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Destiny Review

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It’s hard for me to adequately describe my excitement for Bungie’s Destiny. I could say that there are few games that I have been as excited for as I have been for Destiny. Or I could say that Destiny is the game that I have been waiting for since I quit playing FFXI. Or I could link you to my mentions of Destiny in earlier blog posts or to a handful of the myriad of posts I have made in its thread in the gaming section. I could tell you that Destiny is the game I’ve wanted to play since Bungie formally revealed it in 2013 and it is the game I’ve been waiting for since before Bungie announced their partnership with Activision in 2010. And yet, none of that captures how I really feel about Destiny. Perhaps this is the best way I can describe how I feel about Destiny: I spent around ten days in July and nearly every day since September 9th playing Destiny, and already I am excited to spend the next ten years enjoying the world that Bungie has created and will continue to build upon.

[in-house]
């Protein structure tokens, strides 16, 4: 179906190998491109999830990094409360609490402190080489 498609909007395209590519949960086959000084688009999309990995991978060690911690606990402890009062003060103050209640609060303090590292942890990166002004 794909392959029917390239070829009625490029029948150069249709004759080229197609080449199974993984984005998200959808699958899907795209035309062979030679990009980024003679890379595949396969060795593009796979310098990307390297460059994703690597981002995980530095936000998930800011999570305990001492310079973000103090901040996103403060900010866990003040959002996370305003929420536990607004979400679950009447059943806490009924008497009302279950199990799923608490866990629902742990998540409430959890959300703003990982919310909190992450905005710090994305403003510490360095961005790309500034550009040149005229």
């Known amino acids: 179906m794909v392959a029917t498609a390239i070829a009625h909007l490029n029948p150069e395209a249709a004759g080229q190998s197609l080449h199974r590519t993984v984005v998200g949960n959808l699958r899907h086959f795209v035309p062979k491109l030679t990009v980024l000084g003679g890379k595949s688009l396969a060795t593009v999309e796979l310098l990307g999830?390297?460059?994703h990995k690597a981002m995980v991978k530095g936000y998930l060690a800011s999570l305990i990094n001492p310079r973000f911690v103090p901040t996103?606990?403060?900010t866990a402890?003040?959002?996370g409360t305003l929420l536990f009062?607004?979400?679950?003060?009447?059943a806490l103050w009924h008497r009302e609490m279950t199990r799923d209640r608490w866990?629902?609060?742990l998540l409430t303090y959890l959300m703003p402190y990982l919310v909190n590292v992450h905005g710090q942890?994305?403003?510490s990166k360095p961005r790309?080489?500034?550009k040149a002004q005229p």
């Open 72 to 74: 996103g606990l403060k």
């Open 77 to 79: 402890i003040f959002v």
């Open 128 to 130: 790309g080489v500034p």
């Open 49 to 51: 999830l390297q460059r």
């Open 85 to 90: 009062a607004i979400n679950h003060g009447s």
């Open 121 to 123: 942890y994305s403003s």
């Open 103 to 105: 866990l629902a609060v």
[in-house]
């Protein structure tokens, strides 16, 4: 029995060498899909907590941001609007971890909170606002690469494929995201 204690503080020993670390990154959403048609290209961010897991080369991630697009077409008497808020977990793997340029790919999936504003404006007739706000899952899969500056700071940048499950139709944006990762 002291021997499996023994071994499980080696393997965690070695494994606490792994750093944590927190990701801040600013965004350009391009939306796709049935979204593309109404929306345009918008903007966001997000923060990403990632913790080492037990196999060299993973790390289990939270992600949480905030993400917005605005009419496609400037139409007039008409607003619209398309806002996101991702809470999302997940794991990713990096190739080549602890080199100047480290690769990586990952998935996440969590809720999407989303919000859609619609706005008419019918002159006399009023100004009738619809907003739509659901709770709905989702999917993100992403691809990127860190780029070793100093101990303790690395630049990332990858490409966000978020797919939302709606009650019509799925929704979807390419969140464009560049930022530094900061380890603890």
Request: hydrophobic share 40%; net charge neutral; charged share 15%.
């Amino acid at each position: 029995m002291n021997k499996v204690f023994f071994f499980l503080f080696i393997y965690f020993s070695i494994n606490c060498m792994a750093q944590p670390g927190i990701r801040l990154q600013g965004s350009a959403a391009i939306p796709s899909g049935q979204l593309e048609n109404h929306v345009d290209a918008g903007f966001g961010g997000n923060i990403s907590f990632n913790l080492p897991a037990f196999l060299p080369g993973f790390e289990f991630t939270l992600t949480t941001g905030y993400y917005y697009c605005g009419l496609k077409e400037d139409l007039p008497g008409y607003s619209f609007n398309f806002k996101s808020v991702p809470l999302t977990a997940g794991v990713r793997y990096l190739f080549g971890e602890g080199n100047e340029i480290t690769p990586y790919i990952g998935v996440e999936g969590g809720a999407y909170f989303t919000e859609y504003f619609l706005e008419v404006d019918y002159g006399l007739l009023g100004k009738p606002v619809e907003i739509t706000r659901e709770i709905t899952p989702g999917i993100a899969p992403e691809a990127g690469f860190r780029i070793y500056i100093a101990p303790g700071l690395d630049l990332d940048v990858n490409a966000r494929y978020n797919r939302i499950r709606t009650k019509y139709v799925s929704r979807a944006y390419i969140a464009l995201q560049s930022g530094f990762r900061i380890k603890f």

In the future, humanity discovers an entity known as the Traveler -- an enormous and mysterious sphere that rapidly advances human civilization. Humans take to the stars and expand across our solar system into a golden age. However, the Traveler’s enemies find it and unravel the progress humanity has made, forcing them back to Earth. An empire that once stretched across the solar system is reduced to a single city, located in the shadow of the Traveler. Players take on the role of a Guardian of this last city in the fight against the Darkness. Guardians are beings who are able to wield the Traveler’s light and are accompanied by Ghosts -- tiny robots, voice by Peter Dinklage, which serve as a constant companion for players and source of information as they traverse and explore the wide open expanses of Destiny. Destiny’s main campaign sends players out into the stars to explore the areas and ruins of the Golden Age that have been long abandoned. Their journey sends them from Earth, to the Moon, to Venus, and even Mars. Now, all that said, I could dance around the issue and try to offer excuses, but there’s really no way around the fact that Destiny’s campaign is weak. In fact, I would go so far as to say it is the game’s weakest element. The game does an excellent job of establishing the world and introducing players to a number of major players, but the main campaign only offers, at best, brief interactions with those characters. It almost feels as if Bungie wanted to offer players a complete single player campaign, but also knew they had the ability to expand on it through updates and expansions. On one hand, it is sorely disappointing that a world that seems to offer such potential fails to take advantage of it and truly build a memorable story. However, as someone who spent years playing Final Fantasy XI, I can see the potential that Bungie can build upon in subsequent updates and expansions. While the story can be built upon, it’s unfortunately not only the story that’s a disappointment, but even the gameplay that constitutes the majority of the campaign. Far too many of the missions follow the same structure -- progress to an objective, interact with an item, and then defend the item from waves of enemies as your Ghost does something. While some will say this is a hallmark of FPS games, Bungie has shown that this is not always the case. Bungie is the company that brought us amazing battles against Scarabs in Halo 3; they brought us the defense of the Pillar of Autumn at the end of Halo: Reach; they brought us stealth missions as the Arbiter in Halo 2; and they brought us the fantastic vehicle segments found throughout the entirety of the Halo franchise (yes, even racing through along the collapsing Delta Halo was awesomely epic, shut your mouth). For the most part, Destiny’s main campaign lacks the creativity that Bungie itself has shown in the past.